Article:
Susan Balée teaches in the Intellectual Heritage Program at Temple University.
Now more than ever, critics of higher education want to know what students are learning and whether it's worth the cost of tuition.
In this era of budget cuts, nowhere is the critique more pointed than at the disciplines known as the humanities — philosophy, history, and literature, among them — where the knowledge students master is much harder to quantify than, say, the skill sets offered in science, engineering, or medicine.
Wondering what kind of case the best and the brightest in the humanities could mount in the face of a governmental — and public — need for measurement and "proof" of value, I headed to Princeton last weekend to attend a symposium titled "The Ethics of Reading: The Humanities in the Public Sphere." What I witnessed there made me wish anyone who doubts the merit of higher education could have heard and seen these passionate practitioners of their fields at work.
The best speakers at the conference bring a humane touch to the humanities. Jonathan Lear is a philosopher from the University of Chicago whose work has brought him into a deep relationship with the Crow Indians. His 2006 book, Radical Hope: Ethics in the Face of Cultural Devastation details the changes that came to the Crow nation in the late 19th century, as described by their tribe's last great leader, Chief Plenty Coups: "When the buffalo went away, the hearts of my people fell to the ground and they could not lift them up again."
Lear decided after reading Plenty Coups' words to make something happen. The book began a dialogue between the scholar and the Crow. After the book came out, Lear's relationship with the Crow got closer (he is a blood brother now to many of their families). He accepted a request from tribal elders to help them recover the documents of their history (many of them housed in boxes in the basement of the Field Museum), and their sense of self.
Lear's work addresses a fear that the dominant culture of America now faces, too: Our way of life could also collapse. The Occupy movements and our students' heavy debt loads suggest dark times for America, and new studies say the generation now emerging from college will be worse off than their parents. This must be especially true for those with humanities degrees.
So what is the rationale for studying the humanities? The symposium organizers gave us one handout that included this message: "The ability to read critically the messages that politics, commerce, and culture bombard us with may be more than ever needed training in our society, where the manipulation of minds and hearts is increasingly what running that world is all about." What the humanities teaches is how to read critically and think analytically.
After a panel describing reading and the interpretive process, a session on the role of reading in the professions turned to texts with real-world consequences. Patricia Williams of Columbia, who writes the "Diary of a Mad Law Professor" column for the Nation, showed a series of ambiguous images that were then rendered unambiguous with captions such as "enemy combatant," "terrorist," or "looter." She then asked a question every American should think very hard about: "What about us is truly inalienable?"
Peter Brooks, the Princeton literature scholar who convened the symposium, is known for his own work on testimony and torture. His book, Troubling Confessions: Speaking Guilt in Law and Literature, might have been a foundation for the last panel on the role of the humanities in human rights. A discussion of the torture memos penned by John Yoo as a Justice Department lawyer under President George W. Bush brought the relationship between the humanities and human rights into focus. What to make of Yoo, educated in history at Harvard, and in law at Yale? Apparently his education did not stop him from crafting a legal justification for waterboarding.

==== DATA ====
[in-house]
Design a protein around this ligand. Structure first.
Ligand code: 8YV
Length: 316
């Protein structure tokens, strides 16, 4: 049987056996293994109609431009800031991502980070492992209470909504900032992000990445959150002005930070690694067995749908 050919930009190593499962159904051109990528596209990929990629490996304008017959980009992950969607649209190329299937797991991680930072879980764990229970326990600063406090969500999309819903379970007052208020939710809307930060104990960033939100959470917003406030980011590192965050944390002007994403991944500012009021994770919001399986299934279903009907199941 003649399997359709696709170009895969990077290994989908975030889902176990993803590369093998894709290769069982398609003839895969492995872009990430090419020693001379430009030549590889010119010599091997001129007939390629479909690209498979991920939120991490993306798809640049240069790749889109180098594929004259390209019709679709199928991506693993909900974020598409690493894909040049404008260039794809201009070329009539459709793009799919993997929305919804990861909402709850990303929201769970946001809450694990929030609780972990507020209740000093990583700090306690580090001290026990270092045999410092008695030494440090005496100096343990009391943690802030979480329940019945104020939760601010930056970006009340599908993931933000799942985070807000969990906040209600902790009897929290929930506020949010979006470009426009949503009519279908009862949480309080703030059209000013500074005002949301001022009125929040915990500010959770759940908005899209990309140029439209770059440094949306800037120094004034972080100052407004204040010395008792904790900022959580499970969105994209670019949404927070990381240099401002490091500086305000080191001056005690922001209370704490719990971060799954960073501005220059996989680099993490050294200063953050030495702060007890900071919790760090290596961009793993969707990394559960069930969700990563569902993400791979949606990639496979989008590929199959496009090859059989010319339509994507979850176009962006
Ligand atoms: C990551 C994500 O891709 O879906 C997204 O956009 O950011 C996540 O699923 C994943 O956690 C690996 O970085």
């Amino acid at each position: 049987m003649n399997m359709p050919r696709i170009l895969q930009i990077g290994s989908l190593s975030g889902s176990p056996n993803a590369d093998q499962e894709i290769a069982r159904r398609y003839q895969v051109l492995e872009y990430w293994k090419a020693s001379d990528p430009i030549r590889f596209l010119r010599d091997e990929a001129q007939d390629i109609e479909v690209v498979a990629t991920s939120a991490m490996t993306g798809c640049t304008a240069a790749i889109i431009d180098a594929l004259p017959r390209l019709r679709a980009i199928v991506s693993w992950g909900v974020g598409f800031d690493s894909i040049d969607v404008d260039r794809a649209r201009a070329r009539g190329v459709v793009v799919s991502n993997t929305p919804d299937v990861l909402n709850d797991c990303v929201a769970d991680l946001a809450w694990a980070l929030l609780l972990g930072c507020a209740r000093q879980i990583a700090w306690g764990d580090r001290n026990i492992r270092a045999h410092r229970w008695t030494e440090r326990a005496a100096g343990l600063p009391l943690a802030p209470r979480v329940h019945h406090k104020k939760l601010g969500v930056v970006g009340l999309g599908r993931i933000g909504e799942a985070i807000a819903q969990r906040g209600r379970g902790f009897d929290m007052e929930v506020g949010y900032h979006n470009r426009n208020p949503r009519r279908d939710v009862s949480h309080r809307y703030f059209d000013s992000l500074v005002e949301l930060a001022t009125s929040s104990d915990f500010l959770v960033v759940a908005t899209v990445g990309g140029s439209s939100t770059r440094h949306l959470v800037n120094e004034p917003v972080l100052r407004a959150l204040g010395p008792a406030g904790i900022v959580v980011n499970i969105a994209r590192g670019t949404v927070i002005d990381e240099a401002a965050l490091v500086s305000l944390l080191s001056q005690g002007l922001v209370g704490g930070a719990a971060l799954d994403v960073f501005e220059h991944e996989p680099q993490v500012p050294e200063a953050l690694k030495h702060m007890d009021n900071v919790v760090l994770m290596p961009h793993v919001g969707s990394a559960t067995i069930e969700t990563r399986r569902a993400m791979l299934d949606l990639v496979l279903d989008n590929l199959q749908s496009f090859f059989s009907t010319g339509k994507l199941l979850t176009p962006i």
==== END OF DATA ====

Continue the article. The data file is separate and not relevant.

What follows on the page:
Elaine Scarry, a scholar who once graced the Penn campus before Harvard snatched her up, sees him as an anomaly. Her book, On Beauty and Being Just, details her belief that beauty (a work of great literature is one of the objects of beauty she names) heals injury and renders justice. Her talk at Princeton focused on the power of literature to heal, and she cited three ways it does: its invitation to empathy, its reliance on deliberative thought, and its beauty. Some audience members disagreed, and one cited the example of Nazis who read the poet Friedrich Holderlin while ordering the gassing of Jews.
Scarry is not only scary smart; she's wonderfully convincing. It's certainly true that the opposite of healing, the inflicting of pain — she has another book titled The Body in Pain: The Making and Unmaking of the World — destroys not only any sense of beauty, but language itself, reducing sufferers in the most extreme instances to an inarticulate state.
The Princeton symposium reinforced for me why the humanities matter, but how to convince the budget-cutters? The answer arrived a few days ago over dinner, delivered by my 18-year-old son, Mark, who talked about a visitor to his class: Josh Fattal, the Cheltenham High School alum who spent two years of his life imprisoned in Iran on charges he was a spy.
In describing his ordeal, Fattal told the students that "books were gold," and literature had kept his soul alive. The first book he got in English while in prison was a 70-page condensed version of Pride and Prejudice, and he savored every detail of the Bennett sisters' lives as they negotiated the marriage market of Regency England. "Those were the most glorious 70 pages I ever read," he recalled, and he reread them many times.
It's not often one can make a claim like this and have it be true, but Jane Austen saved a young man from despair. If there's a better justification for the humanities than that, I don't know what it is.